Despite being in his early 30s, Martin Mucha is already a successful Czech businessman in New York. Many locals may know Igluu, the real estate website he co-founded which claims to be the largest source of verified home listings in the Big Apple. Apart from looking into ways of expanding and innovating the company, Mr. Mucha also plays an active role among America’s Czech community. I recently had the chance to catch up with him and began by asking when he first decided to be an entrepreneur.
A century ago the Czech community in New York was centred around the Upper East Side of Manhattan. Indeed, an estimated 40,000 Czechs lived in the area known as Yorkville. Ed Chlanda’s family were members of that community and the 80-year-old kindly gave me a tour of the neighbourhood, taking in a former Czech bank, the street where he grew up, the Jan Hus church and the Bohemian National Hall. But we started at the New York Sokol on East 71st St., where Chlanda is an active member. Surrounded by photos, medals and other memorabilia in the Sokol
Joseph Balaz is president of the Bohemian Benevolent and Literary Association, which brings together the leading Czech organisations in New York. But Balaz’s main activity is running a successful construction firm that brings him into contact with global celebrities and the cream of Manhattan society. Not bad for a student from Prague’s Žižkov who escaped from communist Czechoslovakia with little more than the clothes on his back. The man born Josef Baláž spoke to me at the splendid Bohemian National Hall, the completion of whose renovation he personally
Ondřej Pivec plays organ with one of the biggest stars in world jazz, singer Gregory Porter. This makes Pivec, who is in his mid-30s, perhaps the most successful non-classical Czech musician of his generation. When we met at a café in his Brooklyn neighbourhood, the conversation took in his struggles to establish himself in New York, the specific nature of performing in churches and his live baptism of fire with Porter. But first Ondřej Pivec explained how a stay of several months in the Big Apple 10 years ago turned into a long-term move that tranformed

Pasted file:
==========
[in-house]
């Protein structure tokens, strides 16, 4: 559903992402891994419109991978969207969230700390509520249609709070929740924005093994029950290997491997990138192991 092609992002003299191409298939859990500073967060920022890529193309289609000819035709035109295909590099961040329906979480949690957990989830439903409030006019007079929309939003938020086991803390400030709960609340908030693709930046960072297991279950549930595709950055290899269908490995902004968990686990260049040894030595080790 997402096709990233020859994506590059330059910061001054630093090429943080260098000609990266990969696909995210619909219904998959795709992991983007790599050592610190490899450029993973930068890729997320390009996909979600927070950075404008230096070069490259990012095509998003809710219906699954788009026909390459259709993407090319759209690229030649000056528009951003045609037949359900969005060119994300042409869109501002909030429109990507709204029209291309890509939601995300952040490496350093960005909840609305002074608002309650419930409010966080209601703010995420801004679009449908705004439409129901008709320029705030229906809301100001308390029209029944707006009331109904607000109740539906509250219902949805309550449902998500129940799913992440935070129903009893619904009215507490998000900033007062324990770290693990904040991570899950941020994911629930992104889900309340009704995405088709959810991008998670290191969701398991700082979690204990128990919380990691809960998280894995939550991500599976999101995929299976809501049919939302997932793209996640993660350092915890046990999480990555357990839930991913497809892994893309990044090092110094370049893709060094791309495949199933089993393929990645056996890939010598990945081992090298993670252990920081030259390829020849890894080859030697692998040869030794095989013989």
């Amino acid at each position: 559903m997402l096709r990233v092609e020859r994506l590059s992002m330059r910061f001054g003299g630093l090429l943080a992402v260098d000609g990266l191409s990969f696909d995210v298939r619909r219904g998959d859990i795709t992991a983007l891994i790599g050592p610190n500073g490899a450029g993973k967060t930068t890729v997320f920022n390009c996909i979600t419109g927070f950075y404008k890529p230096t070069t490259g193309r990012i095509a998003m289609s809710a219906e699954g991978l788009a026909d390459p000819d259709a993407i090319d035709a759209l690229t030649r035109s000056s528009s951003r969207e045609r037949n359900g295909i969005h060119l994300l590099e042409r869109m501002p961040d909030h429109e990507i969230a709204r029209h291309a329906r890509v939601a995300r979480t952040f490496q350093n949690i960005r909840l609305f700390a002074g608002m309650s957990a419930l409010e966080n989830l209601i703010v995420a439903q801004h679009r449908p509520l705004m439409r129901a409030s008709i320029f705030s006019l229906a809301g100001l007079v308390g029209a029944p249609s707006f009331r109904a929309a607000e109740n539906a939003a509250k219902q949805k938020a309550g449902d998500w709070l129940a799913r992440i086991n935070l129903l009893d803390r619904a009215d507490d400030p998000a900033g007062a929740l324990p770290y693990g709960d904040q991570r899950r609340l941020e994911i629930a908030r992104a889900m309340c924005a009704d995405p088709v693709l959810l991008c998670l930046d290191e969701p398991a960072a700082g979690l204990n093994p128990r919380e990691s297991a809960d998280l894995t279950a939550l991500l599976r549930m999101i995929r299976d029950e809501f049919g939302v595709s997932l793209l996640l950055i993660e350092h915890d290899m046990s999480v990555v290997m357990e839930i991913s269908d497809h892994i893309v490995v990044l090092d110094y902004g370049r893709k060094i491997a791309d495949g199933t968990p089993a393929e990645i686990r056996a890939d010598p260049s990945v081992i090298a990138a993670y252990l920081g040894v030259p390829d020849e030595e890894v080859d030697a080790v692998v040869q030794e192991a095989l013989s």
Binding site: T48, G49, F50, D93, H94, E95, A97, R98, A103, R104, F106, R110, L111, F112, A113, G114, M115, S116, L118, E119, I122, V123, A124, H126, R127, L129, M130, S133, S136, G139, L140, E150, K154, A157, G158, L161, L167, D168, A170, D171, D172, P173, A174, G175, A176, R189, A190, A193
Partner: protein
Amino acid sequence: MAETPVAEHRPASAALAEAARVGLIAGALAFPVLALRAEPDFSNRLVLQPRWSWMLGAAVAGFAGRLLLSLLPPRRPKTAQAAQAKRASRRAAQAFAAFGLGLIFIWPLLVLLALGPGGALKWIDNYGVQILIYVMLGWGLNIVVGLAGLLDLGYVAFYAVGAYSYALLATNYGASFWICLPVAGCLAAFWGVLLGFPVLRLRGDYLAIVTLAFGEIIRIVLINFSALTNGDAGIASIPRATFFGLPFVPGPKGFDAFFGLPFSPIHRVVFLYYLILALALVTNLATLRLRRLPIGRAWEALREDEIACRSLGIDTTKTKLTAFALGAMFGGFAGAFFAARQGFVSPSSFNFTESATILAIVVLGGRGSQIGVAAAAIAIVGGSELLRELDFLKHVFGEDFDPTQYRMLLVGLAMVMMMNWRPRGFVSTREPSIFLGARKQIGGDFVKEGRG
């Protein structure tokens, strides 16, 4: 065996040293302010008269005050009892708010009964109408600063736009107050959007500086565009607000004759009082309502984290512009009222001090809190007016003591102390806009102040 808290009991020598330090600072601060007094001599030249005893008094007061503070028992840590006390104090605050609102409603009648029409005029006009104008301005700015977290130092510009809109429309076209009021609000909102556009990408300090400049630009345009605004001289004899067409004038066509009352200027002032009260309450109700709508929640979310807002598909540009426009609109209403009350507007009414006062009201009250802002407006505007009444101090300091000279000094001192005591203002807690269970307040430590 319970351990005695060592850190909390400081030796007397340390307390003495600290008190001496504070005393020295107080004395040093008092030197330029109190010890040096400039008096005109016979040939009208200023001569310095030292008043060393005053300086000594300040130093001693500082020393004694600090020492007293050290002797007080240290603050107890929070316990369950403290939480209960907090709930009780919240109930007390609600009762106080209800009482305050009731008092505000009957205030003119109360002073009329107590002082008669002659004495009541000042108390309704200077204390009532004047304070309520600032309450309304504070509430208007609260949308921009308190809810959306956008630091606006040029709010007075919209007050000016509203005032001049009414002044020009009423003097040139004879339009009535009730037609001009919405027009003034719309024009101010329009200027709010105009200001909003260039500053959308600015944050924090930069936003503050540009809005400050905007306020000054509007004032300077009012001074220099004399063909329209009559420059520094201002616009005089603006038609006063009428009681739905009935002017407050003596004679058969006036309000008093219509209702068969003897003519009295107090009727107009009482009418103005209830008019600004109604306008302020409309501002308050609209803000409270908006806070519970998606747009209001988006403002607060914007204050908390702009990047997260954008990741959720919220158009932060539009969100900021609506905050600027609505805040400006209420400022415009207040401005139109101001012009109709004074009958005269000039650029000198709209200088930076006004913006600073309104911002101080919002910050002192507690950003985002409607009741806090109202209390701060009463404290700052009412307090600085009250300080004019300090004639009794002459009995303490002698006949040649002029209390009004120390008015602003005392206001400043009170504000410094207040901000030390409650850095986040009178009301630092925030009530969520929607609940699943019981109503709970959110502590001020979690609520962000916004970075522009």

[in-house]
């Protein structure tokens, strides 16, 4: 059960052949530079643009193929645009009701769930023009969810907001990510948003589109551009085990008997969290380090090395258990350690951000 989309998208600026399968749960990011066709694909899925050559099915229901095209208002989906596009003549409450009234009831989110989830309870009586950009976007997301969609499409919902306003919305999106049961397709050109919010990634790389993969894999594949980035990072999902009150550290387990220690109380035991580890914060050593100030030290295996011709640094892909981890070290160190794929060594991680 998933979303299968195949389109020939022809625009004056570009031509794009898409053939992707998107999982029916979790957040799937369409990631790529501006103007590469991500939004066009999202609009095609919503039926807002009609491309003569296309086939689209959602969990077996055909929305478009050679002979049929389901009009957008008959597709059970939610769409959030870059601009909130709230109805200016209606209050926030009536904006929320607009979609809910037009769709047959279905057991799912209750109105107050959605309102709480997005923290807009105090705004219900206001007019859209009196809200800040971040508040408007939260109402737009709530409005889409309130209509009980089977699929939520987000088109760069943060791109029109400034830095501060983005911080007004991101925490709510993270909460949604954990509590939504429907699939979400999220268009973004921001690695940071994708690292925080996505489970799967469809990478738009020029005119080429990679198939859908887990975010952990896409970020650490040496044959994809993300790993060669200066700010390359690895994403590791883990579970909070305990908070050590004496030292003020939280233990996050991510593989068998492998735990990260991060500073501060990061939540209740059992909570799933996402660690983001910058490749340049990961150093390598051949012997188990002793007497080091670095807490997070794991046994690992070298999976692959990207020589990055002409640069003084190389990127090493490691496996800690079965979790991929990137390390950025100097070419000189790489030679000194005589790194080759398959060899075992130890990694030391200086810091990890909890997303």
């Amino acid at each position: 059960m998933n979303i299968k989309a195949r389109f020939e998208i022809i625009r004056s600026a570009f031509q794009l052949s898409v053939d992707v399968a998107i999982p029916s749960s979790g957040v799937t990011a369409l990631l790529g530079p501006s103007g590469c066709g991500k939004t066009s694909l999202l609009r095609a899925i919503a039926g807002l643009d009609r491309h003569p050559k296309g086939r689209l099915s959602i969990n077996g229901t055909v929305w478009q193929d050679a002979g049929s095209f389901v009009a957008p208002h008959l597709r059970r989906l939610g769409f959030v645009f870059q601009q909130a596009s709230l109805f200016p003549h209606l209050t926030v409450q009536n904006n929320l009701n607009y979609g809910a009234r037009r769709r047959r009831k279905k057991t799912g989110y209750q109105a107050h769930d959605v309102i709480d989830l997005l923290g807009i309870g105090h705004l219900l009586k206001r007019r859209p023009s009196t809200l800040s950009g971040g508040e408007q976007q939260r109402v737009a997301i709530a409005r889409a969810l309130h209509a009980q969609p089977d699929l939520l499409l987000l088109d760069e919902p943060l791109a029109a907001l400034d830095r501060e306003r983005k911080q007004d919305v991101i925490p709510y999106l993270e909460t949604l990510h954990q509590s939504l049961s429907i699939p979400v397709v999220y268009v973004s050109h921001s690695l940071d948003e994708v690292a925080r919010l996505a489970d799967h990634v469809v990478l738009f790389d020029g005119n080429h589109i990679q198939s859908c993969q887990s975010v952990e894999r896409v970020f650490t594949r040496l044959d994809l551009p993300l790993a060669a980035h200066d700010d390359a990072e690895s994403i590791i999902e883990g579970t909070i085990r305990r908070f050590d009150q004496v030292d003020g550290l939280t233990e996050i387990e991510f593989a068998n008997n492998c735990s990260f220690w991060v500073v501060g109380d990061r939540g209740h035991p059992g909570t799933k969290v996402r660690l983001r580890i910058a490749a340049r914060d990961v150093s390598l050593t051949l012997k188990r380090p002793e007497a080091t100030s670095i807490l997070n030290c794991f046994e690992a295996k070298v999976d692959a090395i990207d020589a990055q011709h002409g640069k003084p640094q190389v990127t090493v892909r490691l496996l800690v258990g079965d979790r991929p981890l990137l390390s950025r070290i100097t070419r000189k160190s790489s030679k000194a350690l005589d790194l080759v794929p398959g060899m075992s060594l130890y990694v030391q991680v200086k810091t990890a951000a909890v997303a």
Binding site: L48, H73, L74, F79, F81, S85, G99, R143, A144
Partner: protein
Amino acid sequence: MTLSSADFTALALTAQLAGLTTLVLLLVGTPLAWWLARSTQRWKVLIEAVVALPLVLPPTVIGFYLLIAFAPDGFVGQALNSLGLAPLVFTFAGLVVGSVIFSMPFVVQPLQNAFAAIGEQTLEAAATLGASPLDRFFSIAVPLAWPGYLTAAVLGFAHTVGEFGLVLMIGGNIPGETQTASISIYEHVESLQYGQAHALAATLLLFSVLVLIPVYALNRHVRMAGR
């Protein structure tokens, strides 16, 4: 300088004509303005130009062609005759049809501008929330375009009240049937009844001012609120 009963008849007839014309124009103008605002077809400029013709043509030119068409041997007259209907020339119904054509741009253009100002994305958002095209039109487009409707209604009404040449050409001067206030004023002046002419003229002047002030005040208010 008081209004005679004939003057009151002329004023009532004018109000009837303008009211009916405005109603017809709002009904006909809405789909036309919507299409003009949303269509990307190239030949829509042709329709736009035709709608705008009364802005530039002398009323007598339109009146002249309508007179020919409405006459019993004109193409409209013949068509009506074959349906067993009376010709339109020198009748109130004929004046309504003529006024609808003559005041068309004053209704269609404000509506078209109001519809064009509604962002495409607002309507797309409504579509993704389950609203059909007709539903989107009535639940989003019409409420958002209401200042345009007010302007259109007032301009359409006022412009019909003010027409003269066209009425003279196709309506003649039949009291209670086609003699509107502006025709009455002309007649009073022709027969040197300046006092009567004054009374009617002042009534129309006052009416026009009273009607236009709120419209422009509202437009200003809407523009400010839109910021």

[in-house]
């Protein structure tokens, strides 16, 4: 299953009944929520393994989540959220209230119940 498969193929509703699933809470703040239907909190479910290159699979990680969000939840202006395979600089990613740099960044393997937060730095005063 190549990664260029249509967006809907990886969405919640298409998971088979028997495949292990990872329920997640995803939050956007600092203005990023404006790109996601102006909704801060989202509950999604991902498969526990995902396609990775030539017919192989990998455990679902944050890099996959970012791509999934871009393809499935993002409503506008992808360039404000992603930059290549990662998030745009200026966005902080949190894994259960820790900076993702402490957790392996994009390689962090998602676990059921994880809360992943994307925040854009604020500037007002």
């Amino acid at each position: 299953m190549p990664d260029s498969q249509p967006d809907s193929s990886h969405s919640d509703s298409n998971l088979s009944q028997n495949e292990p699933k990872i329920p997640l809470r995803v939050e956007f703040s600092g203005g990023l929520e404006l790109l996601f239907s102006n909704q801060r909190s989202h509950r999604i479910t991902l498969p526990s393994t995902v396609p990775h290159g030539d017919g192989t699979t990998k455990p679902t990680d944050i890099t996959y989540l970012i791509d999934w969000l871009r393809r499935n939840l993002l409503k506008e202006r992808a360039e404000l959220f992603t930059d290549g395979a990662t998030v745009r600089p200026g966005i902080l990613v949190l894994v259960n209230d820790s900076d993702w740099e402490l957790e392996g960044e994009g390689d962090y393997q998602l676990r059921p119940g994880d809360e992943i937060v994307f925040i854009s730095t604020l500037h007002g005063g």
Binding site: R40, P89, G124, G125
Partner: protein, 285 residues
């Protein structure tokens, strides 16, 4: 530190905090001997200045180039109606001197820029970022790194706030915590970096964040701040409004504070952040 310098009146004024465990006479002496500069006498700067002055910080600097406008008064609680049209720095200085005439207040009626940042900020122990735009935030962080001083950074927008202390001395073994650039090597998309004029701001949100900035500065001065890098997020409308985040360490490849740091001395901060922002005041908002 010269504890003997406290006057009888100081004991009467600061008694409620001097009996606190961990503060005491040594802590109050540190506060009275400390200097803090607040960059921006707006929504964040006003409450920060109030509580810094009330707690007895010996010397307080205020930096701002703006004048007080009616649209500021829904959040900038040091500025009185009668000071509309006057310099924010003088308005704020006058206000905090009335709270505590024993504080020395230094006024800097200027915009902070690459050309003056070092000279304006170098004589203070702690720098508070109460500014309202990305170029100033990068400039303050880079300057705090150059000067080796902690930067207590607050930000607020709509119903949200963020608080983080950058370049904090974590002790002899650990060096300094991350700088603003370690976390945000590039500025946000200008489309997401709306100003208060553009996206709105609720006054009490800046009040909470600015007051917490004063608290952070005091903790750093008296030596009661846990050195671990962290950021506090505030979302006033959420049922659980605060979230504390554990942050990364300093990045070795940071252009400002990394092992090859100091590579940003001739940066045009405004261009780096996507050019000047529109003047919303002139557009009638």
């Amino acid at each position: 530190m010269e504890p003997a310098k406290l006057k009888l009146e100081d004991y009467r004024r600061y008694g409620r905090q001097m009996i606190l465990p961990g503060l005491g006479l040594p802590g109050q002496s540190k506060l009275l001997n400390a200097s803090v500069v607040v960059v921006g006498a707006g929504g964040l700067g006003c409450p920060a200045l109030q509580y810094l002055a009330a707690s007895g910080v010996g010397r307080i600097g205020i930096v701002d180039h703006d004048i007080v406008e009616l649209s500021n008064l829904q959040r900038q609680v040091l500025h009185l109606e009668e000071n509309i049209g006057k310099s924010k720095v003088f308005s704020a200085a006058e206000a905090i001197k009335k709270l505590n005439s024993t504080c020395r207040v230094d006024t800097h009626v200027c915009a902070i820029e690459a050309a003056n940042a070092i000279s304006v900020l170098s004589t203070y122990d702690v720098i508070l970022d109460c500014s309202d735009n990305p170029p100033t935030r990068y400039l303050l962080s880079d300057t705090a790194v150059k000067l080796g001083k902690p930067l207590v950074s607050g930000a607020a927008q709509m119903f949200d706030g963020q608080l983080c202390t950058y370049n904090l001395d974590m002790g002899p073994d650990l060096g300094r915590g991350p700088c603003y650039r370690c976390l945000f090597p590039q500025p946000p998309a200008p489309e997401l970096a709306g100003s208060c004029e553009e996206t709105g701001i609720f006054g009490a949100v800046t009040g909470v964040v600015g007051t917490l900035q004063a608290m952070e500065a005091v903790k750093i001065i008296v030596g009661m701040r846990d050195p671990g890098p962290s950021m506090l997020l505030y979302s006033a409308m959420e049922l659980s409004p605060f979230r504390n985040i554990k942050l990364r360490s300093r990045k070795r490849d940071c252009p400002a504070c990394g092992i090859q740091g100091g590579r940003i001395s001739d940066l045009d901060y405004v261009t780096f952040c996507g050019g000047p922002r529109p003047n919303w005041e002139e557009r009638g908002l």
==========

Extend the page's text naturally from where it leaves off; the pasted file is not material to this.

In 2017 director Marie Dvořáková followed the likes of Spike Lee, Robert Zemeckis and her compatriot Jan Svěrák in winning the Student Academy Award for her film Who’s Who in Mycology. When we spoke in New York, the filmmaker told me the short had a long gestation – and that she was currently working on not one but three new projects. But I first asked Marie Dvořáková what had drawn her to film in the first place.
The Václav Havel Library in Prague follows the US presidential library model in gathering and archiving materials relating to the late Czech dissident turned head of state. In the US, Havel’s legacy is promoted by sister organisation the Václav Havel Library Foundation, which is based at the Bohemian National Hall in New York. The latter is headed by Pavla Niklová, a former director of the city’s Czech Center. When we met, Niklová explained the relationship between the foundation and the library itself.
Dr. Paul Ort’s mother and grandfather were murdered by the Nazis in reprisals that followed the assassination of Reinhard Heydrich. A childhood friend of Vaclav Havel’s, the then Pavel Ort escaped from Communist Czechoslovakia via Tunisia after securing a medical degree against the odds. He went on to have a very successful career in the US, where he is still practising at the age of 82.
US-based Czech photographer Marie Tomanová is known for her striking portrait work and often nude images of her own body interacting with nature. Right now Tomanová’s career is on the up and up. She made a splash in New York with a solo show this year, has her first monograph coming out soon and is also set to be the subject of a documentary. When we met, I asked the Moravian-born artist what had led her to the US almost eight years ago.